“Change allows us to stay on our toes; a lot of [what can be said about marketing skills] is hugely optimistic in terms of the skillset and the mindset that modern-day marketers will have, and how they’ll start to grow and evolve and transition in their own roles.”
She went on: “The ‘word du jour’ is going to be data, and data analytics … what I’m really excited about is how we will start to develop our modern-day marketer to be a commercial data scientist to their core. Of course, they’ll have a number of different strengths … but to speak the language of the boardroom, and to make sure we’re really getting to the crux of customer needs and what is going to help us grow our organisations: commercial mindset, growth mindset, and data analytics are going to be core to that.
“I’m really optimistic about the new talents we’re going to be upskilling our teams with, and what that will look like over the next 12 months.”
SAP’s Kirsten Boileau added that she’s encouraged by the enthusiasm and hunger to learn shown by early talents entering the field. “They have that learning culture of wanting to continually learn, [and] learn through whatever experience it is that they are having.
“And they are not only sharing that kind of attitude with their peers and colleagues and their managers and their leadership; but they are really modelling that for those who have been in the job market for a long time, or in their particular role for a long time, who are perhaps a little bit more comfortable, and not feeling as if learning is as much of a priority.”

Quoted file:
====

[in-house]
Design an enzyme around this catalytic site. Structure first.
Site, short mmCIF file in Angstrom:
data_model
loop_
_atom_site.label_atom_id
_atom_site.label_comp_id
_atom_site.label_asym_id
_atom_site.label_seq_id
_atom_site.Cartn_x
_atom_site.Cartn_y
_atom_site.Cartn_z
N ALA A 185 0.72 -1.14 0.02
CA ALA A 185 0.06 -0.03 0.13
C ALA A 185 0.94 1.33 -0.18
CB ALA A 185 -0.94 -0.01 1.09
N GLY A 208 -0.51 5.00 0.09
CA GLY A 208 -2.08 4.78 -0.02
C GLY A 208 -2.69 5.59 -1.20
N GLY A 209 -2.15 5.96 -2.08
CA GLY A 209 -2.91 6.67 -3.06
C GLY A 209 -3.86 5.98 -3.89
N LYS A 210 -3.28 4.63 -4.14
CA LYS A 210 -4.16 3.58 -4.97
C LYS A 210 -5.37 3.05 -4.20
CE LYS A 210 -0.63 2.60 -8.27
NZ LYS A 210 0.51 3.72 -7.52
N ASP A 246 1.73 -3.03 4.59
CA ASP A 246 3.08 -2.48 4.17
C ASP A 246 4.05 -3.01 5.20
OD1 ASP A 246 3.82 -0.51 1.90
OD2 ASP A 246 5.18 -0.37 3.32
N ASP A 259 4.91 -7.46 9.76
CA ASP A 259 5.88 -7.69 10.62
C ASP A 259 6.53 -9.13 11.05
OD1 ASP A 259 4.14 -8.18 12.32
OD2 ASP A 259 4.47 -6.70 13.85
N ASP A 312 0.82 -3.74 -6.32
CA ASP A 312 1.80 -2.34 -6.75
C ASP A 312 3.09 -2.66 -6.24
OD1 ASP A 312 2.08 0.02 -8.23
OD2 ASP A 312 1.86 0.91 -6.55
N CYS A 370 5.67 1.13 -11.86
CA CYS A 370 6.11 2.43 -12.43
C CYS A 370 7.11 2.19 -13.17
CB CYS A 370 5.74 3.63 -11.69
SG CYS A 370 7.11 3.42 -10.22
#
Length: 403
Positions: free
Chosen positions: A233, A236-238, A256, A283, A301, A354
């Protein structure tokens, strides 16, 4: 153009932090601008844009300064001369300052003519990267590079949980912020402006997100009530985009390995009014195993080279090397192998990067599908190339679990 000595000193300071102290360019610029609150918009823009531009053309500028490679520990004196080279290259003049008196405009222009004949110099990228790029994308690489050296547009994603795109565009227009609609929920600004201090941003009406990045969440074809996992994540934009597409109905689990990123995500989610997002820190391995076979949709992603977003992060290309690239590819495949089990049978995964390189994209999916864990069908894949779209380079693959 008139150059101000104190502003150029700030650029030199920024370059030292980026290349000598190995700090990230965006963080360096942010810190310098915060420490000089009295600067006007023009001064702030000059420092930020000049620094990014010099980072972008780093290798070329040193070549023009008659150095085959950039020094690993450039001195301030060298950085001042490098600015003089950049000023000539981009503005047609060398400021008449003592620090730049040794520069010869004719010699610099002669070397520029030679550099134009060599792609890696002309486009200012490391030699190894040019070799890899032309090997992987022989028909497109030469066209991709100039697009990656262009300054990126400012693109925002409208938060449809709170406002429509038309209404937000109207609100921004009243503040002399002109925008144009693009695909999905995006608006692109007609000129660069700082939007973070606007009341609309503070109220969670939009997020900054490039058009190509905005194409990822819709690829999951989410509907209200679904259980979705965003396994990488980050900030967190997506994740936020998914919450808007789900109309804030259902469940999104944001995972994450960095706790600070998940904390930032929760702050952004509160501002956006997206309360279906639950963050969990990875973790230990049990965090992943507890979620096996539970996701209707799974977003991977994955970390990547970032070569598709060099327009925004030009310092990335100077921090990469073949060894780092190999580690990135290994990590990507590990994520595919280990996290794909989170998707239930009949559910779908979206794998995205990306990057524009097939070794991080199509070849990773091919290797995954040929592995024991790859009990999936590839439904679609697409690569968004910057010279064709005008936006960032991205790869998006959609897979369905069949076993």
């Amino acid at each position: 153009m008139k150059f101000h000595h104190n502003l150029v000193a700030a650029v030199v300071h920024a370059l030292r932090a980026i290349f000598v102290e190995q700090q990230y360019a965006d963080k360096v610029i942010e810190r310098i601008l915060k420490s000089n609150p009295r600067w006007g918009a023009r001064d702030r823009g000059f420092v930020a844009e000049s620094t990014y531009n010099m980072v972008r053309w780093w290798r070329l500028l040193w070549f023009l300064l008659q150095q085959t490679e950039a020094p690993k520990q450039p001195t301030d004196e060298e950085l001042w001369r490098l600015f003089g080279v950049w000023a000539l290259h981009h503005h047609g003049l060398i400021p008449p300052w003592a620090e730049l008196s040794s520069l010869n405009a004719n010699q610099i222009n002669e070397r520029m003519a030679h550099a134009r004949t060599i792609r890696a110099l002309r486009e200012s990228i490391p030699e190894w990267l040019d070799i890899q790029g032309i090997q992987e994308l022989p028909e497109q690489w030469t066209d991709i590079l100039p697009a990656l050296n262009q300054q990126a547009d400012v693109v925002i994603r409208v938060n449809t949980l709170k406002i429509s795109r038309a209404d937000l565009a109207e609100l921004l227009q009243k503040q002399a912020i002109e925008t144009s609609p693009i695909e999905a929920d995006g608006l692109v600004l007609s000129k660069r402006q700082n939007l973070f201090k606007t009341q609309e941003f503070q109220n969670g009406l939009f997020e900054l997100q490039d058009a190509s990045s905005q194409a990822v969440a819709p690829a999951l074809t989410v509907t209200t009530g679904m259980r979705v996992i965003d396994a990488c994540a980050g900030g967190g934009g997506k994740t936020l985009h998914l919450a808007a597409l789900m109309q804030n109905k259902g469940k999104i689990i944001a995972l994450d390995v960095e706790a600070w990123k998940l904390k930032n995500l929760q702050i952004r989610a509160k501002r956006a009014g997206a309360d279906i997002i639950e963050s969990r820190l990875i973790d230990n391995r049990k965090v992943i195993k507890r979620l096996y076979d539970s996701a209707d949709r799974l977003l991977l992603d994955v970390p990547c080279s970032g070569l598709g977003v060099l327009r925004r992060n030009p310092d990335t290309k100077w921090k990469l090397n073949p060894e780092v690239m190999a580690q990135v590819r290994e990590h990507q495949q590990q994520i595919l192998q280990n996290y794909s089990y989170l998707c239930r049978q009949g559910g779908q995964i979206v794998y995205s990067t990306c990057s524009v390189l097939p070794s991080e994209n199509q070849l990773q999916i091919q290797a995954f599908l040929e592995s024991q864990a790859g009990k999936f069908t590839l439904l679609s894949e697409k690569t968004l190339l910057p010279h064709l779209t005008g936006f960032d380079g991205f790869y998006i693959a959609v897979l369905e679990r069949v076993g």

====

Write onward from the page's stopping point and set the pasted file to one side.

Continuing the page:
As a result, Boileau said, some of that optimism is “rubbing off” on those who might otherwise have been less proactive about learning: “I’m seeing more and more people want to put it into their calendar on a weekly basis … and not only set aside that time to consume it, but to talk with others about it, look for ways to apply it, so that it isn’t just brushed under the rug as soon as they go back to their desk – figuratively speaking – but actually becomes part of how they evolve their way of working.”
Robinson asked Haier Europe’s Antony Peart what skills he sees as most in-demand – not just by marketing teams, but in terms of the capabilities that customers have come to expect from major brands.
“Certainly content is the name of the game – in whatever form – I think that has the biggest impact in terms of aligning with the second [skill], which is analytics,” Peart replied. “Understanding the data analytics and understanding the framework of what that offers, to give that clearer picture of the ad performance aligned with the content.
“So, for me the biggest focus in terms of the skills demand is marrying up that approach between analytics – getting an understanding of the data – and serving the customer with the right content at the right time to the right audience.”
As an example of what kind of insights can be yielded from this understanding of data, Peart pointed to some of the unexpected demographic changes that have emerged in Haier’s industry – kitchen and home appliances – due to the Covid-19 pandemic. “The over-50, 65s are now more likely to buy something online than 16 to 24-year-olds,” he said. “It’s a really interesting dynamic in there – so specifically for our business, how do we target those customers through digital that may have not been in the digital arena before? It’s a really interesting time at the moment.”